Don't let the modest look fool you, the 000-17SM is a modern Martin that partners mahogany with a sitka spruce top and is nearly as happy in the hands of a strummer as a plucker.
Acoustics with predominantly dark tops exude a quite different vibe from the standard 'natural' variety. This writer's first memory of them is via The Beatles and their Tobacco Sunburst Gibson J-160Es; they seemed so much more handsome than the plain folk guitars everyone else was playing. Going further back, images of the early blues masters - think of Robert Johnson with his brunette Gibson L-1 - have come to define that genre's aesthetic to this day.
It seems that the 'simple brown guitar' is enjoying a resurgence in popularity. In times past plain looks and spec were driven by economic austerity and while that theme chimes today, this new 17 Series Martin is anything but 'hard-times' choices, costing the best part of £1,500. Beneath the no-frills appearance, lies a guitar that epitomises the modern, quality acoustic instrument.
Martin's 17 Series has been around since 1856, enjoying various incarnations in its century- and-a-half history. The series has been discontinued and reintroduced, has come with both rosewood and mahogany bodies, spruce and mahogany tops plus varying levels of ornamentation.
Essentially, there's no definitive 17 style, so with this new model Martin could choose what it felt best suited today's tastes and market. The main talking point, of course, is that dark-shaded Sitka spruce soundboard; you might assume it was mahogany from a distance.
Beyond the top it's certainly not the most ostentatious of acoustics, either. There's no rear body or neck binding, for example, just a single soundhole ring and a line of brown tortoiseshell edging around the top. Even the pickguard blends in, so this guitar whispers its visual presence rather than screams it.
The shaded gloss top differentiates the 17 Series from other Martin ranges and it certainly makes it unique. A Martin insider describes the process for us:
"The burst pattern is created by a bespoke, state-of-the-art machine that accepts the full body assembly," he tells us. "Once the shading dries and cures, the body goes into our finishing process, is sprayed with nitro-cellulose lacquer and the top polished to a high gloss."
We bet they didn't envisage that back in 1856! We do still wonder, though: would this instrument not look even cooler were it finished in classic Tobacco Sunburst? The guitar comes with Martin's 'modified low oval neck' shape, and it will be interesting to see how this 12-fret 000 with 44.5mm width impresses us with its sound and playability.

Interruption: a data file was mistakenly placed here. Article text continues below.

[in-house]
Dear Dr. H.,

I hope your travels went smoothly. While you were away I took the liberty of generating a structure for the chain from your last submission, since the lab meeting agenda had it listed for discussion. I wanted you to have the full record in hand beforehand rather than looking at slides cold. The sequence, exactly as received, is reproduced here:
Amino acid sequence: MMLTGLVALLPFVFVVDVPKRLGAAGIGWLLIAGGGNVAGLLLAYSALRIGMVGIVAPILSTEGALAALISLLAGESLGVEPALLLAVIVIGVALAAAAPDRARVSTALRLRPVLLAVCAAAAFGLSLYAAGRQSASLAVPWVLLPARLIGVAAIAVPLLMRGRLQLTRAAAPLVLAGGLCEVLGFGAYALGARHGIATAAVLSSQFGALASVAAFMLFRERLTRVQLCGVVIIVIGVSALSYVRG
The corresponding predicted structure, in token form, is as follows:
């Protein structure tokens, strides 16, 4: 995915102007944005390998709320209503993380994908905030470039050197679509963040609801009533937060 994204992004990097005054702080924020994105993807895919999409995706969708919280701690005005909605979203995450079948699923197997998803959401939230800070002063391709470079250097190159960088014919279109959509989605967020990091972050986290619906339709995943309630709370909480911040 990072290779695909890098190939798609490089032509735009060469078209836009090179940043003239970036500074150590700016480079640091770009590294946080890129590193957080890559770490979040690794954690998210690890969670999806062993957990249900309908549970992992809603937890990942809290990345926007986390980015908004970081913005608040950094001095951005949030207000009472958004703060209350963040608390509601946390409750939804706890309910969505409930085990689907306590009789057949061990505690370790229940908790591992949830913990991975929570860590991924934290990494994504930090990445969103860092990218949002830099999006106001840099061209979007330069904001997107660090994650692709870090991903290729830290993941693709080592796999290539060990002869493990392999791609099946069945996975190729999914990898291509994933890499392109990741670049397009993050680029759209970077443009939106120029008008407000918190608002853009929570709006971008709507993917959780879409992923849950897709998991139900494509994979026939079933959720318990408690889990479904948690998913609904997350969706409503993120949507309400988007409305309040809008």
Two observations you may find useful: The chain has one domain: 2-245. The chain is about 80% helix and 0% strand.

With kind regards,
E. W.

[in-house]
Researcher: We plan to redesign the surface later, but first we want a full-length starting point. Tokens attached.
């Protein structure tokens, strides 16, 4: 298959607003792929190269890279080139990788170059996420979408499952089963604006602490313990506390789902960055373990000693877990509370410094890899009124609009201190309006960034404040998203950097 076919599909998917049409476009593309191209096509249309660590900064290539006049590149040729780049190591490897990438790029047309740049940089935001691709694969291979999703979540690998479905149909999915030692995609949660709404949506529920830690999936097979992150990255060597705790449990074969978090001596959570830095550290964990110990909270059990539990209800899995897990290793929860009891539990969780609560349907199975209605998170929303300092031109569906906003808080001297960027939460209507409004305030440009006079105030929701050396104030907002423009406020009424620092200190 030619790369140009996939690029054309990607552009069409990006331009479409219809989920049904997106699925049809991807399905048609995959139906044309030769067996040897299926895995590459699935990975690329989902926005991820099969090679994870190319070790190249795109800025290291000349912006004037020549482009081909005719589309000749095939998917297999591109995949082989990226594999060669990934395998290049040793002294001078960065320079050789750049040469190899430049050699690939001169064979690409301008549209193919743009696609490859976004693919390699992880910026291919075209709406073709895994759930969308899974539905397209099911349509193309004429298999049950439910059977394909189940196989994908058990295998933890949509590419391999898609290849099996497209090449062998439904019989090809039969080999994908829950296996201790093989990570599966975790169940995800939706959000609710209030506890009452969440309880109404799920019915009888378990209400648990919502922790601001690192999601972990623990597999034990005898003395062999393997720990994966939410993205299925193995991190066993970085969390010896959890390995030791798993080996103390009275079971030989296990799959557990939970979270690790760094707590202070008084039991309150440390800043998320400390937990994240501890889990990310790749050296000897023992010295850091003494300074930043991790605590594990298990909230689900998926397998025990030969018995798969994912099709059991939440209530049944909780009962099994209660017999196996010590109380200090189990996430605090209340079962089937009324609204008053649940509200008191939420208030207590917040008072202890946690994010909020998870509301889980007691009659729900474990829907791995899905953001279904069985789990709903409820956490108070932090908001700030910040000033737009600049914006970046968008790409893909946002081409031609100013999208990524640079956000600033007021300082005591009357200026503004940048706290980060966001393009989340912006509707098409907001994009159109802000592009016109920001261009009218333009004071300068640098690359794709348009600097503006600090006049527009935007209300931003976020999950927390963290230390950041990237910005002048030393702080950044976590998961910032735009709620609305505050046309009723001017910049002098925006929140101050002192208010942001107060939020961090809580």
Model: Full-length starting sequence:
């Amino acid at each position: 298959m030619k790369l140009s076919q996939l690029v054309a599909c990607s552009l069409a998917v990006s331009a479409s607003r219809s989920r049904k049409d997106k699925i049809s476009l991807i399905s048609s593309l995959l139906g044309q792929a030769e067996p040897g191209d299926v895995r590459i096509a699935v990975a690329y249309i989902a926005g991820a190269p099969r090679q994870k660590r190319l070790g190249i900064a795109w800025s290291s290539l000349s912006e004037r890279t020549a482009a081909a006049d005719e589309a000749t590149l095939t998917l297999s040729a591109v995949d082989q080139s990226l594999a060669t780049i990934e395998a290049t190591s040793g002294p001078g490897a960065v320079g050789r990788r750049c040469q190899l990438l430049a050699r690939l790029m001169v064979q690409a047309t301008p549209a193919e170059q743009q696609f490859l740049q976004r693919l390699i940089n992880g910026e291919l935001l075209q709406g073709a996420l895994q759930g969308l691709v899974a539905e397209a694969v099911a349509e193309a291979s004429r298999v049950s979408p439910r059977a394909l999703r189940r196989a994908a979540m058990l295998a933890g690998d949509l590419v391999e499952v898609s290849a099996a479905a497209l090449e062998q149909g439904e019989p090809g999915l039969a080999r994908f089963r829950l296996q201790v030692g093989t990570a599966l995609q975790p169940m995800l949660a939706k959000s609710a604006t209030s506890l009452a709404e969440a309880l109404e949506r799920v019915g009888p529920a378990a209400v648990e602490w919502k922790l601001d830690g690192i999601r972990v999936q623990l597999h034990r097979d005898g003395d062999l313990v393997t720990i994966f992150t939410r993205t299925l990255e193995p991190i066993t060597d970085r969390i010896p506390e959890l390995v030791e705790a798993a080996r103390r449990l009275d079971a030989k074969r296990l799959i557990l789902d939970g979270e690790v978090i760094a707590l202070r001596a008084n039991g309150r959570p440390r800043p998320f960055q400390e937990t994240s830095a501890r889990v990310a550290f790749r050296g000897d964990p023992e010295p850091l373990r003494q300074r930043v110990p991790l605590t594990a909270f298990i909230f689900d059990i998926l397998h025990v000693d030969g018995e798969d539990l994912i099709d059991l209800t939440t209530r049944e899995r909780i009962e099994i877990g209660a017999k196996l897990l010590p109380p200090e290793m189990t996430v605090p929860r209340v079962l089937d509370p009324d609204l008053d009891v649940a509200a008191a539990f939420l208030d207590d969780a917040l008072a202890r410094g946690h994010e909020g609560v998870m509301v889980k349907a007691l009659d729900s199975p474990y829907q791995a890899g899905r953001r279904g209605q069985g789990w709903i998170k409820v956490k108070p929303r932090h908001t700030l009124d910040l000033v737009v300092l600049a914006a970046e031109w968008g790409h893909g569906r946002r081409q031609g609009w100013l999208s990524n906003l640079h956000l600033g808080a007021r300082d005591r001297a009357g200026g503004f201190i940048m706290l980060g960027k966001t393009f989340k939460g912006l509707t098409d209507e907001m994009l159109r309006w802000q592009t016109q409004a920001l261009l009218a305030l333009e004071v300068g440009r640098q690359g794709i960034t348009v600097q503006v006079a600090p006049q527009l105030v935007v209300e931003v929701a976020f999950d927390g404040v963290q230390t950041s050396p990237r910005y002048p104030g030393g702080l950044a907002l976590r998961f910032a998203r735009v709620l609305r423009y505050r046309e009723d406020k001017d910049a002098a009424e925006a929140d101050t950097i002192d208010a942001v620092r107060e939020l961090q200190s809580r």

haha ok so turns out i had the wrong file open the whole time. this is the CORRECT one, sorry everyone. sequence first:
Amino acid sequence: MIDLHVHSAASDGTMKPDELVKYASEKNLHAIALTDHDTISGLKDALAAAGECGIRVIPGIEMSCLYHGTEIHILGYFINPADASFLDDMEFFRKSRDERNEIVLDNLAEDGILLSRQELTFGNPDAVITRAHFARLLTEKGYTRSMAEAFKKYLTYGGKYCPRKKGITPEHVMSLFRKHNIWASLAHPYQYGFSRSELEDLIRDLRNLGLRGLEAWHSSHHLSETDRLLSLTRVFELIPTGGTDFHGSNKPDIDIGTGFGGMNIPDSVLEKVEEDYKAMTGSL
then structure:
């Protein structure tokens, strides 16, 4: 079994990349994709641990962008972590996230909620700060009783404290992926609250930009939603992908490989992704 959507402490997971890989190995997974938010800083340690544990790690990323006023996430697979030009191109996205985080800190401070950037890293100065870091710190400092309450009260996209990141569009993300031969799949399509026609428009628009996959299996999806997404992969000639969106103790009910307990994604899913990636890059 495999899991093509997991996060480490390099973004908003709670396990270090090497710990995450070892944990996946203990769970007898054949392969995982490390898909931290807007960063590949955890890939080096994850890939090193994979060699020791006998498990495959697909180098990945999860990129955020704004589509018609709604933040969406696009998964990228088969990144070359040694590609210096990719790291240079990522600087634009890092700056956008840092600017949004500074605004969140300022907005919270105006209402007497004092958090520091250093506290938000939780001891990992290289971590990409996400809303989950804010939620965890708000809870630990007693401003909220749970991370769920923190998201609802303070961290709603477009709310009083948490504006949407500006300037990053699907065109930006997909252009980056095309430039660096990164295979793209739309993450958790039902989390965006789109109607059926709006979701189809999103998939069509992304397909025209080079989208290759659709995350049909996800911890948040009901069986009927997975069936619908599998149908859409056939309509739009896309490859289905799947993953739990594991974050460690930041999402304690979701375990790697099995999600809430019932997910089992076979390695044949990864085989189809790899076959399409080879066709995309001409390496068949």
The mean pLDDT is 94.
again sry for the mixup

The action is low and inviting but without rattles. With 0.012s, string tension is stiff enough to avoid flap, but it's loose enough for lead lines. In fact, it's hard to fault on any front, proving once again that Martin's modern guitars are as playable as anyone else's.
Traditionally fingerstyle, folk, blues or ragtime guitars, slot-headed 000s are back in vogue after once being deemed old-fashioned, or perhaps just limited compared to a modern acoustic. True, playability is restricted to a single octave of frets, but many acoustic players never get beyond the 7th without the aid of a capo, so why bother with a flat-top that looks like a blown-up Les Paul when what you probably need is something like this?
Not surprisingly, the modified low oval neck on this instrument feels different to that of a dreadnought. The wider nut and shorter playing area create a very different feel. Open chords are comfortable to negotiate, while intricate passages are easier because of extra string spacing. The action is perfect, and given the accepted limitations the neck is a dream to play.
Picking up the 000, within a minute you begin to appreciate its more characterful speaking voice and singularity of purpose. Maybe 'duality' is a better word, because this guitar is a surprisingly good strummer, too.
Mahogany's uncanny ability to blend the sonic spectra into one workable tone makes the 000 sound like an instant friend. There also seems to be something very advantageous for tone in the 12th-fret neck join, too. The bridge is in a different place, the body is bigger... Try one!
The 17 Series guitars came about due to dealers ordering otherwise all-mahogany 15 series Martins with spruce tops. So successful were the results that Martin ran with the ball and in the process created modern versions of a 157-year-old classic.
While simple in design, we can't fault the build, playability or tone of this guitar. The modified low oval neck plays supremely well and the 000 is a picker's delight. That said, this instrument doesn't sit squarely in the ballpark we'd naturally allot it - it strums beautifully, too.
There's also something about the mahogany and spruce combination that appeals to us greatly. This guitar is warm-toned, and it's punchy and loud, with no need for breaking in - just perfect for someone wanting the moody look of a 15 but with a touch more sonic sophistication.
At £1,499 it's not cheap, but we love this to bits and think you will, too.